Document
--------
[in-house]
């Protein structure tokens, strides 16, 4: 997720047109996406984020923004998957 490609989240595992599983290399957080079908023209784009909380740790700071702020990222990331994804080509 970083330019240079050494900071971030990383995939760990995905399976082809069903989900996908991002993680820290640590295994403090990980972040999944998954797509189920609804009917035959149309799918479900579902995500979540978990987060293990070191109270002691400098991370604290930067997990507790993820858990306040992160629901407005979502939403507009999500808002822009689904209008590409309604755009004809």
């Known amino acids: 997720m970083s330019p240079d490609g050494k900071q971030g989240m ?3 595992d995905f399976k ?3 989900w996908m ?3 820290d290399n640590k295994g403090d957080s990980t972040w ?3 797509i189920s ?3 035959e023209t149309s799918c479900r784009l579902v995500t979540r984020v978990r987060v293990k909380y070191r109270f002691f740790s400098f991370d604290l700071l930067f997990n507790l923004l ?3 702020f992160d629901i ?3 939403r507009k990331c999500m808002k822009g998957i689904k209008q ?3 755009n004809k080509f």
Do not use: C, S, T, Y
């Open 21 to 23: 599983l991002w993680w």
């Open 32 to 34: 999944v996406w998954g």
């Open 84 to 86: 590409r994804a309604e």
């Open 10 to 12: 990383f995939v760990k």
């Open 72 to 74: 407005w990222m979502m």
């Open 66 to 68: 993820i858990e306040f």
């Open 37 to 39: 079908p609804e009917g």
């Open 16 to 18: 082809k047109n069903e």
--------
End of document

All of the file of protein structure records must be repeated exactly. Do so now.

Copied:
[in-house]
């Protein structure tokens, strides 16, 4: 997720047109996406984020923004998957 490609989240595992599983290399957080079908023209784009909380740790700071702020990222990331994804080509 970083330019240079050494900071971030990383995939760990995905399976082809069903989900996908991002993680820290640590295994403090990980972040999944998954797509189920609804009917035959149309799918479900579902995500979540978990987060293990070191109270002691400098991370604290930067997990507790993820858990306040992160629901407005979502939403507009999500808002822009689904209008590409309604755009004809």
């Known amino acids: 997720m970083s330019p240079d490609g050494k900071q971030g989240m ?3 595992d995905f399976k ?3 989900w996908m ?3 820290d290399n640590k295994g403090d957080s990980t972040w ?3 797509i189920s ?3 035959e023209t149309s799918c479900r784009l579902v995500t979540r984020v978990r987060v293990k909380y070191r109270f002691f740790s400098f991370d604290l700071l930067f997990n507790l923004l ?3 702020f992160d629901i ?3 939403r507009k990331c999500m808002k822009g998957i689904k209008q ?3 755009n004809k080509f």
Do not use: C, S, T, Y
């Open 21 to 23: 599983l991002w993680w």
């Open 32 to 34: 999944v996406w998954g």
């Open 84 to 86: 590409r994804a309604e």
């Open 10 to 12: 990383f995939v760990k």
């Open 72 to 74: 407005w990222m979502m």
């Open 66 to 68: 993820i858990e306040f």
């Open 37 to 39: 079908p609804e009917g």
């Open 16 to 18: 082809k047109n069903e």